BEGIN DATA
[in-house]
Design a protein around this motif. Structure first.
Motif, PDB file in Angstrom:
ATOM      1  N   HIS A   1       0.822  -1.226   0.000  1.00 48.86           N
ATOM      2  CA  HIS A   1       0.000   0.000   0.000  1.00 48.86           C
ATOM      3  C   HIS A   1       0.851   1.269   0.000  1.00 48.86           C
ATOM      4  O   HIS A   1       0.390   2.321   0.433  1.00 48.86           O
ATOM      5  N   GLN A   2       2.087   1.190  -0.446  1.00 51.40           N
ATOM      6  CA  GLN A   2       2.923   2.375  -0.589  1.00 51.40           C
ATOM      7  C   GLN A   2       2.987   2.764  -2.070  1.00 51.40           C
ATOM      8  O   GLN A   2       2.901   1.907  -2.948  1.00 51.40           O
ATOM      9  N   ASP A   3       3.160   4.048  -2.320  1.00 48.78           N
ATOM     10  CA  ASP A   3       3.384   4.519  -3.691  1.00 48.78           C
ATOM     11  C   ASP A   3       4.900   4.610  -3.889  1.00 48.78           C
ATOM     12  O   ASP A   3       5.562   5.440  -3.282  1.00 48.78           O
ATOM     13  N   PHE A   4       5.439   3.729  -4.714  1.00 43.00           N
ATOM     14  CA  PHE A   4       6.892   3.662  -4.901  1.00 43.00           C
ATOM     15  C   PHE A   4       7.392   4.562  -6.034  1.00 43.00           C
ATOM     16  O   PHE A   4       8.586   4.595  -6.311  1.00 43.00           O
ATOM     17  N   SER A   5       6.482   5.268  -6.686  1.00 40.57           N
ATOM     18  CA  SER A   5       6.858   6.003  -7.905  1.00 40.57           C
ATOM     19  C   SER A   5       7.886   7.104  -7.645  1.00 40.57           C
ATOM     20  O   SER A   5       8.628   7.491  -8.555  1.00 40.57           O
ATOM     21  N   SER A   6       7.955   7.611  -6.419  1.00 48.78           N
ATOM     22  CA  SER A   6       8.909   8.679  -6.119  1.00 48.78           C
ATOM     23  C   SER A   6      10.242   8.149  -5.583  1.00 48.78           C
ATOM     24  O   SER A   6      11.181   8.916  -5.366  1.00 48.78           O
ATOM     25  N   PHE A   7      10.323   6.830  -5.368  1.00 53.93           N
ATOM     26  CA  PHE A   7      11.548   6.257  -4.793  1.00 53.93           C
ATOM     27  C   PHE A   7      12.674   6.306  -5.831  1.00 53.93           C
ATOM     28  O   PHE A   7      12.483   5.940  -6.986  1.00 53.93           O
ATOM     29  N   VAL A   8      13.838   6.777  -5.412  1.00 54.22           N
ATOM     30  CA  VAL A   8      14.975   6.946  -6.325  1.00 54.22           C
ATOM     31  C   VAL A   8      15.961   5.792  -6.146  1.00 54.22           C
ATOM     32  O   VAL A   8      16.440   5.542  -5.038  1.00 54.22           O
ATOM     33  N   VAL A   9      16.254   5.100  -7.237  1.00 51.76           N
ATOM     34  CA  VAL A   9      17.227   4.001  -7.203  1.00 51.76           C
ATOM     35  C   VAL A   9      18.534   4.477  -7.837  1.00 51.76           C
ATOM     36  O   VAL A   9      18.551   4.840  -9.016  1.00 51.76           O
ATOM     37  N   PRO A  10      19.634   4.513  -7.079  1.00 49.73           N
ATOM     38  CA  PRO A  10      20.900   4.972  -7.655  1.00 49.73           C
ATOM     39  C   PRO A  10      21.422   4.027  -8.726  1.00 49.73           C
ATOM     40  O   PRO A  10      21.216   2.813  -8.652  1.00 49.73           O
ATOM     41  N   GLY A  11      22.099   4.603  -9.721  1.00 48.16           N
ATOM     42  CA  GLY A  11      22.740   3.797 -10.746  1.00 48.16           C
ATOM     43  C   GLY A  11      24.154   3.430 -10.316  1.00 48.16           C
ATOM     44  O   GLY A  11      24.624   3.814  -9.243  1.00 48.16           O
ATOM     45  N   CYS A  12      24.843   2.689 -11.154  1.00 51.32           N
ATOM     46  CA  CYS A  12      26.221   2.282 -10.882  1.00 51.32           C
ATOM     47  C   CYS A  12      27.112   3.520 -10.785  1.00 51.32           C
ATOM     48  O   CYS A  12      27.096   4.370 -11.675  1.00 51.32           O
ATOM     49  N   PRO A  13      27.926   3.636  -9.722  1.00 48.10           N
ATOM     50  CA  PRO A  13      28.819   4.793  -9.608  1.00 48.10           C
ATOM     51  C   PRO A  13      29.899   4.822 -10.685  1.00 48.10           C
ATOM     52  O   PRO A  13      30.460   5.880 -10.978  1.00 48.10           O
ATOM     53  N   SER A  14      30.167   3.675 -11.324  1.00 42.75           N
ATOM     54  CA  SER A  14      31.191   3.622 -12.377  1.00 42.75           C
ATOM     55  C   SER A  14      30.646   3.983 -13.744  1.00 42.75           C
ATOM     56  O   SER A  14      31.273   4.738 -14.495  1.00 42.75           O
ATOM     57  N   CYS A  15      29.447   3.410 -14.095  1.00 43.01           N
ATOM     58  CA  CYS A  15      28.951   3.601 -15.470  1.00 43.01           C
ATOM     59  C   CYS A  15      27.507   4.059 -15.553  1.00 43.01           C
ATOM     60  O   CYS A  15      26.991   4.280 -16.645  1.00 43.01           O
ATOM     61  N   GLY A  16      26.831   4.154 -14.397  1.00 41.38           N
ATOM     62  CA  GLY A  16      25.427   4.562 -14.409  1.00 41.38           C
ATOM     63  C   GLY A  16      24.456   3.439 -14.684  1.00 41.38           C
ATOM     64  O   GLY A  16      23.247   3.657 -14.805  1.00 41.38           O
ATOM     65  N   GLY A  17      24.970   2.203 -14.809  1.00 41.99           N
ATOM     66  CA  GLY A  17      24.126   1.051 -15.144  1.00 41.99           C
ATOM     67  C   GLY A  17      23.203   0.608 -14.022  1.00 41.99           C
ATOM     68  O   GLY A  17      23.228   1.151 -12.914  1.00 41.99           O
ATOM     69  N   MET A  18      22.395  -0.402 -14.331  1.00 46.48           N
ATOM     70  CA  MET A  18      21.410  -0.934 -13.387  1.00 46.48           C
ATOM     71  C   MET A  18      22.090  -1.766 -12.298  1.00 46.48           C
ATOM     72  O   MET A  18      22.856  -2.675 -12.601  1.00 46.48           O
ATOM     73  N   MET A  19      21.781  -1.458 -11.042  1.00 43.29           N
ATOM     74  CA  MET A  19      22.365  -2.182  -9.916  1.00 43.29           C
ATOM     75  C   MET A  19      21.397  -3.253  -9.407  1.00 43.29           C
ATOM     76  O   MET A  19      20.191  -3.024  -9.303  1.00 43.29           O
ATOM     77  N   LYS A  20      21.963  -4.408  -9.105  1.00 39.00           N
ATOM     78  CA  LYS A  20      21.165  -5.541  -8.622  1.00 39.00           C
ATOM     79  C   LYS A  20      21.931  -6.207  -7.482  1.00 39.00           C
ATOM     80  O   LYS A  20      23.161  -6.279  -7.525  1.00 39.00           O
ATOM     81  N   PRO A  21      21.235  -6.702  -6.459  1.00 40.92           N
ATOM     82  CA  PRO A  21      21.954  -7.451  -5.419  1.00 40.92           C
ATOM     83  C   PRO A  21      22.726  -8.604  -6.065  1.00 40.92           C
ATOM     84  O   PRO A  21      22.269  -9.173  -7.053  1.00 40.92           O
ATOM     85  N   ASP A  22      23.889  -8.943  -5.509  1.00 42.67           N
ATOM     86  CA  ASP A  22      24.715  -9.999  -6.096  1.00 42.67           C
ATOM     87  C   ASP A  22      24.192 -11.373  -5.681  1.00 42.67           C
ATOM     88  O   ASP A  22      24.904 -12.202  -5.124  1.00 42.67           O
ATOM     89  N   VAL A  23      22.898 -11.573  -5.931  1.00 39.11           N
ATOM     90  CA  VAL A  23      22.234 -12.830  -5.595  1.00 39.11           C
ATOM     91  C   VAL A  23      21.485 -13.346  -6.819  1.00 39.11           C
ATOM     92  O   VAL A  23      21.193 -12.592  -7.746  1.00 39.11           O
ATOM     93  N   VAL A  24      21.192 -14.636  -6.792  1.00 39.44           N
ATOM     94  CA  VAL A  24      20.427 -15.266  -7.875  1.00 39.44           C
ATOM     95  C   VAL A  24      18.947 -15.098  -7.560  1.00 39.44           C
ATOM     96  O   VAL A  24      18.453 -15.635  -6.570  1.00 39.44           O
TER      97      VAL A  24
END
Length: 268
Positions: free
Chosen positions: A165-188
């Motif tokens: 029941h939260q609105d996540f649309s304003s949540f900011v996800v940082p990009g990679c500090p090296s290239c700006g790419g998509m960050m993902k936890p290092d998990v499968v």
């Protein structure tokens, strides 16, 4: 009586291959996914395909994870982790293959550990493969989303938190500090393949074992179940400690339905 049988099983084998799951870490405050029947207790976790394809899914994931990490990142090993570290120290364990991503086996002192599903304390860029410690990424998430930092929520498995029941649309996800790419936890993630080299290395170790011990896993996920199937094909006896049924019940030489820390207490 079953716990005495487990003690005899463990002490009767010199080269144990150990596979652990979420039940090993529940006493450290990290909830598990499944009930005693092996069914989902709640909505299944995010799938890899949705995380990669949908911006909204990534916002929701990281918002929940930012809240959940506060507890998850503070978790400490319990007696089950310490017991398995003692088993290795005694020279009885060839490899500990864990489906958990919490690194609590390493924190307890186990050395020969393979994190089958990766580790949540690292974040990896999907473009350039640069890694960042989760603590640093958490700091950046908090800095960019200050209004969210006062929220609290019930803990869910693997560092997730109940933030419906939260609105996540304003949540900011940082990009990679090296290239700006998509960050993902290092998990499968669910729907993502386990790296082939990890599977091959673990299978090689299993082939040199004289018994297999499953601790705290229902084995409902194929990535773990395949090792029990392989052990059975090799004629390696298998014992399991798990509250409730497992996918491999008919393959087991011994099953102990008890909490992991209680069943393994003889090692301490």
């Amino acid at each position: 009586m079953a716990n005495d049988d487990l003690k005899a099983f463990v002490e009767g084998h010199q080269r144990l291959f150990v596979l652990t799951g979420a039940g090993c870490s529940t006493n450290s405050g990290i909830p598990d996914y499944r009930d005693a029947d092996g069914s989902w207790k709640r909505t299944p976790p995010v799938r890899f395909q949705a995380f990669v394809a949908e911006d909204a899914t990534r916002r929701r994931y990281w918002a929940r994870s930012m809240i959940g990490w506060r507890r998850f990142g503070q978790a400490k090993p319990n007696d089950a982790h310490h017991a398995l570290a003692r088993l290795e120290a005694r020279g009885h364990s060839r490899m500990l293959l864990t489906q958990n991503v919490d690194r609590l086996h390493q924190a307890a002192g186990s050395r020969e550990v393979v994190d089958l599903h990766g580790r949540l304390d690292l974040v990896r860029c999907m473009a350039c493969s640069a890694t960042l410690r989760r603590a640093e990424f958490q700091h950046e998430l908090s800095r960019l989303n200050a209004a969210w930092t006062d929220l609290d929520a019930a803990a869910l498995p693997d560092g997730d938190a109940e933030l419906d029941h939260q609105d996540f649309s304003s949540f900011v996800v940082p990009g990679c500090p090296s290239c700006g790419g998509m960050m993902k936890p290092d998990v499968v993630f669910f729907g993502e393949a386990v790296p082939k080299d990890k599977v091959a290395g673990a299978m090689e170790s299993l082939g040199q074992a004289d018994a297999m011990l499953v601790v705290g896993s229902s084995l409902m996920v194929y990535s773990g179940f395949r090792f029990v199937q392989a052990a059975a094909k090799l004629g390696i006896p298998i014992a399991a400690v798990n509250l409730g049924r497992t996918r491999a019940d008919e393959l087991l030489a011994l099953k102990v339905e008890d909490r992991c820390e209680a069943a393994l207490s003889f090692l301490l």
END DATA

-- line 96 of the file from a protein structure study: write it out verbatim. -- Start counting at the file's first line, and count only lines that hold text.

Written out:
ATOM     93  N   VAL A  24      21.192 -14.636  -6.792  1.00 39.44           N